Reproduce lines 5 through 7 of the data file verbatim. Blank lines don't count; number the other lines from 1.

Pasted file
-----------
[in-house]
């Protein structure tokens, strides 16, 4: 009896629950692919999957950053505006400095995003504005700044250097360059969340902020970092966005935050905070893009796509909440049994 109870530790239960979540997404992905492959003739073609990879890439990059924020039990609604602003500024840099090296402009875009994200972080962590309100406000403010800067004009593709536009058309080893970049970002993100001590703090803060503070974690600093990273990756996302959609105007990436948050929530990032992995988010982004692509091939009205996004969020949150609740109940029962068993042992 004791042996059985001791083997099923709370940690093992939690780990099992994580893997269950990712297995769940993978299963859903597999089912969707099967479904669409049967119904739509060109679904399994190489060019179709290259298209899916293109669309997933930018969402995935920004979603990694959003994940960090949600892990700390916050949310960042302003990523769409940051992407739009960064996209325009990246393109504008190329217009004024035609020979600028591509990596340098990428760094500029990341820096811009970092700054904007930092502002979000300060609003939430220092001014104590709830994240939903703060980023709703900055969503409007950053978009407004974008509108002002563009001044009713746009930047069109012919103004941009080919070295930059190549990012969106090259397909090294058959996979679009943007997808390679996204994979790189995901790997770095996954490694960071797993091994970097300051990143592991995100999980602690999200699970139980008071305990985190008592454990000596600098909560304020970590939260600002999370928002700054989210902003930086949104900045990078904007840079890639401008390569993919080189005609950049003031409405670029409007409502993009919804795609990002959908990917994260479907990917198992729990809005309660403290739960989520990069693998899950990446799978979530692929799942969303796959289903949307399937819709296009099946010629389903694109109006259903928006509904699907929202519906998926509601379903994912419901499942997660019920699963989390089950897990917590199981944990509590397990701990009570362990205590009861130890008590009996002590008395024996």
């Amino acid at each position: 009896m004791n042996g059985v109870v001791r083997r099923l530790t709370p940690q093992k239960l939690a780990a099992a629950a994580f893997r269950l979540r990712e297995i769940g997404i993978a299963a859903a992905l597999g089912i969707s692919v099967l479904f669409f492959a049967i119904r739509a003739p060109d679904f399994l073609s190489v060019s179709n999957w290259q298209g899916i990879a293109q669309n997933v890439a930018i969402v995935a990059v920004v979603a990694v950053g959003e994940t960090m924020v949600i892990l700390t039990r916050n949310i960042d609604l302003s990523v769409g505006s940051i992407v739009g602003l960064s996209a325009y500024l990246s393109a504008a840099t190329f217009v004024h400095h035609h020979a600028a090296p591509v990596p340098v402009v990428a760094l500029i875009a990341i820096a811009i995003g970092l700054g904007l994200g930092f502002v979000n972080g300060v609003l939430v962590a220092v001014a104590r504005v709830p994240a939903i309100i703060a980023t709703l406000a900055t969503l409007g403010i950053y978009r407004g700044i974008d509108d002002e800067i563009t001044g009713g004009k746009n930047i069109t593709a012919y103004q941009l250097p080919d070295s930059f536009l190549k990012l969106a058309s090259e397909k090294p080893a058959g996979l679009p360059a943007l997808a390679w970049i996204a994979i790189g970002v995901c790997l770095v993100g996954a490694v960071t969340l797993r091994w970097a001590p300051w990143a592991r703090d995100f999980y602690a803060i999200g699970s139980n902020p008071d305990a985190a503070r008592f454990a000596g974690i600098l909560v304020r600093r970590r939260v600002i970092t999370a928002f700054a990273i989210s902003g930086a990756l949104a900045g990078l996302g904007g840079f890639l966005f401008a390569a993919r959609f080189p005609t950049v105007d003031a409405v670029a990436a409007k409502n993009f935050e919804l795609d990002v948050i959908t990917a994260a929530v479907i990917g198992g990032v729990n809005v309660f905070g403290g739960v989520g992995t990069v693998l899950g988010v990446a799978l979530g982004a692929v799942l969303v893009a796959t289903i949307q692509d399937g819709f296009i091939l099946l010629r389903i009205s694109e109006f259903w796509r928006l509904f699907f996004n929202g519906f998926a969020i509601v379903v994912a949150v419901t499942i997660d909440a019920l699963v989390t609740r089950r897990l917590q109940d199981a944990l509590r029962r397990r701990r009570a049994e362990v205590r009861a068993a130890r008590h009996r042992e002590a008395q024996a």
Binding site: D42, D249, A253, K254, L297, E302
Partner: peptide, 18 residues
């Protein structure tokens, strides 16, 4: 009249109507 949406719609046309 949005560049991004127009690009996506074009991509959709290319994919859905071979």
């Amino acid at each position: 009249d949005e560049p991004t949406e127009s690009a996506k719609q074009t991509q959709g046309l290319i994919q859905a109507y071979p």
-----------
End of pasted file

Partner: peptide, 18 residues
């Protein structure tokens, strides 16, 4: 009249109507 949406719609046309 949005560049991004127009690009996506074009991509959709290319994919859905071979």
């Amino acid at each position: 009249d949005e560049p991004t949406e127009s690009a996506k719609q074009t991509q959709g046309l290319i994919q859905a109507y071979p």